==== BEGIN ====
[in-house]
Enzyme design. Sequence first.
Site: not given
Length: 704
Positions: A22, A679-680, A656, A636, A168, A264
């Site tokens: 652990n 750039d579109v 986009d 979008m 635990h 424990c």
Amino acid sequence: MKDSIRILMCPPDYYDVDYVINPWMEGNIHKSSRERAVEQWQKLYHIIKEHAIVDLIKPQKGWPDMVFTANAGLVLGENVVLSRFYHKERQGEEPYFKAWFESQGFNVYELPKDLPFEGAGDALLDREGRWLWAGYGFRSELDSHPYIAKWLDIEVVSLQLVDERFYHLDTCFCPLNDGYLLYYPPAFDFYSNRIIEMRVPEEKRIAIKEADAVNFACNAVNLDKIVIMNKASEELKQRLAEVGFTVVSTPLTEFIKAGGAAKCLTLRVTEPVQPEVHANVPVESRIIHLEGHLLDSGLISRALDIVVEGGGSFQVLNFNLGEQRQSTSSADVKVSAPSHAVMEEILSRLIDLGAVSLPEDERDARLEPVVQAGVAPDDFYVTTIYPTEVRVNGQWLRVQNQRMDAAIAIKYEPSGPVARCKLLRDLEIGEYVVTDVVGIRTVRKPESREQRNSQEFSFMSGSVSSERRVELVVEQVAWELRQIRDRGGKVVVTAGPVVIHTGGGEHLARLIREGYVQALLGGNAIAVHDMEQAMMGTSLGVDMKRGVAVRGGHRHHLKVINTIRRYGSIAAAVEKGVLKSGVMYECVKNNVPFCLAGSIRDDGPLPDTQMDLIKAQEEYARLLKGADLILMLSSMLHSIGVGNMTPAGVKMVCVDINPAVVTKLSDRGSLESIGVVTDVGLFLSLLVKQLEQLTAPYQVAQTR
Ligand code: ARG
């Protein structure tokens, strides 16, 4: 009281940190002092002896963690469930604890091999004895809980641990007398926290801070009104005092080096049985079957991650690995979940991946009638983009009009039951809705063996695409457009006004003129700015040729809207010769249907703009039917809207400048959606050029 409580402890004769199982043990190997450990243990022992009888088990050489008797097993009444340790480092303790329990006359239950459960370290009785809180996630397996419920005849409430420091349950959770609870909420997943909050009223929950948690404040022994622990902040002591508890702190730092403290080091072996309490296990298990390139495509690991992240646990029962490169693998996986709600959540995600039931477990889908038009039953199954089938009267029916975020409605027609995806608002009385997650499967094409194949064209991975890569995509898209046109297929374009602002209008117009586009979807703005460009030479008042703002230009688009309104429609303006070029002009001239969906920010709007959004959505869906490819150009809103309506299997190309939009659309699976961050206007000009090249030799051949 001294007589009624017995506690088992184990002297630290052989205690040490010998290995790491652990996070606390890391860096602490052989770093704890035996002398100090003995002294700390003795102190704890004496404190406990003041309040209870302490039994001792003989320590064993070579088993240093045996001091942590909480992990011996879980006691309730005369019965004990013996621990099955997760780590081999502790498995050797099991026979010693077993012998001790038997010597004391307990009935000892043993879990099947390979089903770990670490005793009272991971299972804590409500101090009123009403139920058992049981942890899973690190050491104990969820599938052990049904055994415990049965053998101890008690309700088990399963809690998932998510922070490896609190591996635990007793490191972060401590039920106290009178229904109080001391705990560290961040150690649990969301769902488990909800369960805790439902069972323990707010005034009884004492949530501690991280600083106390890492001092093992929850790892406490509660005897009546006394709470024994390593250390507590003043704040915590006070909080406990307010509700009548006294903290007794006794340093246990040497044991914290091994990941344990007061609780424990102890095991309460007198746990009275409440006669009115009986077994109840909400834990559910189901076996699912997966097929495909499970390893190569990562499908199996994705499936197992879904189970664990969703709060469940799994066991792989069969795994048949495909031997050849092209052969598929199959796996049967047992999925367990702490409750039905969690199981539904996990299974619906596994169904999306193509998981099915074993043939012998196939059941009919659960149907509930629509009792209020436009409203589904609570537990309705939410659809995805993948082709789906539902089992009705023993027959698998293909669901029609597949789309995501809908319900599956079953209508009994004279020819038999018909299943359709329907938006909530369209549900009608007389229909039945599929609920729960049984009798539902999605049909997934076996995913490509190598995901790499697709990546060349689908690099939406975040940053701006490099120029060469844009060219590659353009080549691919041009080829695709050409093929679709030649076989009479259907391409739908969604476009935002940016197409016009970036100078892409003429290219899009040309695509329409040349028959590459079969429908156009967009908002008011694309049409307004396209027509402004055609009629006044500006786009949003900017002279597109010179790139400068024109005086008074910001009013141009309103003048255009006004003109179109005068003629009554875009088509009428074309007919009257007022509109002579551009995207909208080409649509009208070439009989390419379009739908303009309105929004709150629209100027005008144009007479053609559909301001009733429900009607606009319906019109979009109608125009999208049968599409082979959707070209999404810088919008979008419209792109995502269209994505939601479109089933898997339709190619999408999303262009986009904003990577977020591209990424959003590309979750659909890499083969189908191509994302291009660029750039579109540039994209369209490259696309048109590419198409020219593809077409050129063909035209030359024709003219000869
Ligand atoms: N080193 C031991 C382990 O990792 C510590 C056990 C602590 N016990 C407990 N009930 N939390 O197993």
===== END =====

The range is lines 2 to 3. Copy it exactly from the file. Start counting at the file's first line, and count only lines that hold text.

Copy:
Enzyme design. Sequence first.
Site: not given